Artists’ tax exemption a just decision?

TEHRAN, Dec. 07 (MNA) – Cultural and artistic activities are one of the eight categories exempted from paying basic tax under Iran’s tax law.

However, in the country’s budget bill for the upcoming year, the government announced its plan to reduce the tax exemption to 50 percent.

A number of cultural figures and artists criticized the plan and said that by the elimination of the tax exemption, artists and others working in the cultural fields would be squeezed by the consequent higher living expenses more than ever.

Meanwhile, Minister of Culture and Islamic Guidance Seyyed Abbas Salehi officially asked the government to continue the tax exemption for cultural and artistic activities.

Following the request, the administration retracted its decision and Vice-President Mohammad-Baqer Nobakht, who is also the director of the Management and Planning Organization, said that the government is extending the tax exemption for artistic and cultural activities.

The retraction of the decision was also criticized by a number of people working in artistic and cultural activities.

“Many people working in these fields are not artists or cultural figures at all,” actor Payam Dehkordi has said in an interview.

“These people earn high incomes in other fields while pretending to work in the artistic and cultural activities in order to evade tax,” he added.  

Film producer Manijeh Hekmat also attacked the decision.

“If the artists’ tax exemption is not an election bribe, it is absolutely the government’s confusion and its misunderstanding of tax functions and aims,” she said.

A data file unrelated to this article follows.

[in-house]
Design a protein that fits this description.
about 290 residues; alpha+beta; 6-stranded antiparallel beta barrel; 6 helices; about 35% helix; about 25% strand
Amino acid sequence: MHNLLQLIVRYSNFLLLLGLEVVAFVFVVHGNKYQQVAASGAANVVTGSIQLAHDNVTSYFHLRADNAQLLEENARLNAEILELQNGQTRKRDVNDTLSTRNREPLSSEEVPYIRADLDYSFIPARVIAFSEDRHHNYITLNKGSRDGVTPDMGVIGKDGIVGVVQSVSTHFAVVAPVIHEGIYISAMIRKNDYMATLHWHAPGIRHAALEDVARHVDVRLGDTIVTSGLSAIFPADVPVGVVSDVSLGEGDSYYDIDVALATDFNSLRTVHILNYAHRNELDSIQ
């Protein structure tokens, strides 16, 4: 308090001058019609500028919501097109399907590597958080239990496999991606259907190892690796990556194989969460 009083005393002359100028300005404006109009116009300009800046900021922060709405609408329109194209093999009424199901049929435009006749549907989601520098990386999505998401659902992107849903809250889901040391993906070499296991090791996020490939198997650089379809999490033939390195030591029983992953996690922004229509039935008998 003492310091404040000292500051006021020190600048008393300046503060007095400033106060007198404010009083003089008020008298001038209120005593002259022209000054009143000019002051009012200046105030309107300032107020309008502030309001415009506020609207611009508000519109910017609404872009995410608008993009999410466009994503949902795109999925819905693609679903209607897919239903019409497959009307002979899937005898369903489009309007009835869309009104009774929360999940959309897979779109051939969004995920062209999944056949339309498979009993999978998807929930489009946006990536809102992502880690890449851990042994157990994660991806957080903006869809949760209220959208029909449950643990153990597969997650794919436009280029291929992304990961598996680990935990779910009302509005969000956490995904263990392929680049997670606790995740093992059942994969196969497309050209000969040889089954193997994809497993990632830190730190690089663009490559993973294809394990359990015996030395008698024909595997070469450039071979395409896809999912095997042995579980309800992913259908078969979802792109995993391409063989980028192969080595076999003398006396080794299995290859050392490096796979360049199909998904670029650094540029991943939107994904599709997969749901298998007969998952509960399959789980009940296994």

“Making this decision during the deep economic recession in the country is a sign of the government’s misunderstanding of this situation,” she lamented.

“This extravaganza will lead to widening the already-growing gap between rich and poor and an increase in poverty, while only people with a high income will make a huge profit from the exemption,” she noted.

Addressing Nobakht, Hekmat said, “Mr. Nobakht! We are facing a serious situation; don’t make it harder by your inept decisions. Collect taxes and spend them     properly like all other countries in the world with prudence, if there still remains any prudence.”

The storm of criticism caused the Culture Ministry to comment on the issue. Deputy Culture Minister for Legal Affairs Ali-Asghar Karandish said last Wednesday that artists and cultural organizations with high incomes are excepted from any tax exemption.

“We as the major cultural organization of the country believe actors, singers, institutes or any other organizations with a high income must pay tax,” he added.

Everybody knows that taxes are levied to lead society toward justice and balance. In Iran, there are people who live in houses, one of which is valued at about 10 trillion rials (about $240 million) and there are also many people who cannot afford to eat a loaf of bread.  

In such a society, the tax exemption should be more specific. The tax exemption for cultural and artistic activities may include people working in the entertainment industry, which makes enormous profits for them. Many of these people live in houses located in Busty Hills, a neighborhood in the town of Lavasan near Tehran, which is called the Beverly Hills of Iran.    

The government lacks the necessary measures to prevent tax evasion activities by members of the private sector. However, workers and others with low incomes must pay their tax before they receive their salaries!  

Photo: People visit the exhibition of the 7th Tehran Auction at the Parsian Azadi Hotel on July 4, 2017. (Honaronline)


News Code 153111


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